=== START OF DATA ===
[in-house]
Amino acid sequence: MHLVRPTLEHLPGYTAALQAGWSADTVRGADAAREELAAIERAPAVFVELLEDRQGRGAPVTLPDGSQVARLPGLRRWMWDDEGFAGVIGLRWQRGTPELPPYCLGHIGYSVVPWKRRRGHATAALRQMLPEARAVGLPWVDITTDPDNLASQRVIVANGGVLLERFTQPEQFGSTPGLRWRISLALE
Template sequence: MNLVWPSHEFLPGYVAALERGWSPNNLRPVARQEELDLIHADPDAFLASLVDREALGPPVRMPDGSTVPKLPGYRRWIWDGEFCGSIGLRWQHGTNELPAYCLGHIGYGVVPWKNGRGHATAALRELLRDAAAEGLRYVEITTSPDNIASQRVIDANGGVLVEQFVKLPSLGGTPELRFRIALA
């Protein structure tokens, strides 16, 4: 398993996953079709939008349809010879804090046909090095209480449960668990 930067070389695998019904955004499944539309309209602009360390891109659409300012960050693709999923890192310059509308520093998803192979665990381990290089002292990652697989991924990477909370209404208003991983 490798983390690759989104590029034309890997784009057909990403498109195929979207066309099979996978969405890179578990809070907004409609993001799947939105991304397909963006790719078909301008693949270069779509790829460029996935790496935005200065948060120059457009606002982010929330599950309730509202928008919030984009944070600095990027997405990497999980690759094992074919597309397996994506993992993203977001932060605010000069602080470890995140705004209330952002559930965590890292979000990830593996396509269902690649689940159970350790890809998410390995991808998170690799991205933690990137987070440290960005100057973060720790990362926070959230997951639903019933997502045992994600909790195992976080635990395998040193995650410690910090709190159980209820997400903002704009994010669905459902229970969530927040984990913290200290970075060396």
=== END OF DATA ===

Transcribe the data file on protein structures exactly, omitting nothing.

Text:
[in-house]
Amino acid sequence: MHLVRPTLEHLPGYTAALQAGWSADTVRGADAAREELAAIERAPAVFVELLEDRQGRGAPVTLPDGSQVARLPGLRRWMWDDEGFAGVIGLRWQRGTPELPPYCLGHIGYSVVPWKRRRGHATAALRQMLPEARAVGLPWVDITTDPDNLASQRVIVANGGVLLERFTQPEQFGSTPGLRWRISLALE
Template sequence: MNLVWPSHEFLPGYVAALERGWSPNNLRPVARQEELDLIHADPDAFLASLVDREALGPPVRMPDGSTVPKLPGYRRWIWDGEFCGSIGLRWQHGTNELPAYCLGHIGYGVVPWKNGRGHATAALRELLRDAAAEGLRYVEITTSPDNIASQRVIDANGGVLVEQFVKLPSLGGTPELRFRIALA
């Protein structure tokens, strides 16, 4: 398993996953079709939008349809010879804090046909090095209480449960668990 930067070389695998019904955004499944539309309209602009360390891109659409300012960050693709999923890192310059509308520093998803192979665990381990290089002292990652697989991924990477909370209404208003991983 490798983390690759989104590029034309890997784009057909990403498109195929979207066309099979996978969405890179578990809070907004409609993001799947939105991304397909963006790719078909301008693949270069779509790829460029996935790496935005200065948060120059457009606002982010929330599950309730509202928008919030984009944070600095990027997405990497999980690759094992074919597309397996994506993992993203977001932060605010000069602080470890995140705004209330952002559930965590890292979000990830593996396509269902690649689940159970350790890809998410390995991808998170690799991205933690990137987070440290960005100057973060720790990362926070959230997951639903019933997502045992994600909790195992976080635990395998040193995650410690910090709190159980209820997400903002704009994010669905459902229970969530927040984990913290200290970075060396």